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National newspapers are, without a doubt, going through a tumultuous period. And unlike the consumer magazine circulation figures released on 11 February, which showed publishers are fighting back with price cuts and multipacks, the release of the monthly national newspaper ABC figures the following day made grim reading.
Just one title – the Daily Star – increased its year-on-year sales in January by a meagre 1.6%, and the daily and Sunday markets were down 6.3% and 5.5% respectively.
However, there is a surge of activity already taking place or about to, in a bid to beat falling sales.
Among the activity is the Daily Mail, which has ploughed £10m into a national ad campaign, to promote the title, particularly to 35- to 45-year-old women.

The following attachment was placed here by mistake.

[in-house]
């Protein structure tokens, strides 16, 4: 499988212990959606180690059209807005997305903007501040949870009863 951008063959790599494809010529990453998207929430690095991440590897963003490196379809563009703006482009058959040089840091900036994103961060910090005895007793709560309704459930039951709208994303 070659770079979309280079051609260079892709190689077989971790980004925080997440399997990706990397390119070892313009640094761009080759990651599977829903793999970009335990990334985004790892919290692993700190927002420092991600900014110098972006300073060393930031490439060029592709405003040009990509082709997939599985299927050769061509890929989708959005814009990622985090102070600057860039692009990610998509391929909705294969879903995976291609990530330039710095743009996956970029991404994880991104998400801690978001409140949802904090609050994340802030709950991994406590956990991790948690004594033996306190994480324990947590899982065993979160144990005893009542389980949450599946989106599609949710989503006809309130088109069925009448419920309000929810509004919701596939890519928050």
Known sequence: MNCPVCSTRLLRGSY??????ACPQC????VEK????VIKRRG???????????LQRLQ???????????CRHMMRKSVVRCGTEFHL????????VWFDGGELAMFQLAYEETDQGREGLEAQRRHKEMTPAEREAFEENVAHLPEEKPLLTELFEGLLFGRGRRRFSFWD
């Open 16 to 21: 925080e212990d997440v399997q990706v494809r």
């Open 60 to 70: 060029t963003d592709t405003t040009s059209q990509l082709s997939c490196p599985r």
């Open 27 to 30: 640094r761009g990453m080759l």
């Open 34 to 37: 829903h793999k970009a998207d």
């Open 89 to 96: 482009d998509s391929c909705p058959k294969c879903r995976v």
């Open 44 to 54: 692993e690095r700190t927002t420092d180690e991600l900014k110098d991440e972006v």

This Sunday The Observer is re-launching with fewer sections overall, but expanded sport, review and main sections. The title will also be supported by a two-week TV advertising campaign.
Meanwhile, The Times is expected to receive an overhaul following last year’s redesign of its Sunday equivalent. Among the changes is a plan to scrap its features supplement Times2 at some point in March.
Whether any of this can claw back newsstand sales for these titles remains to be seen, but it’s a start.
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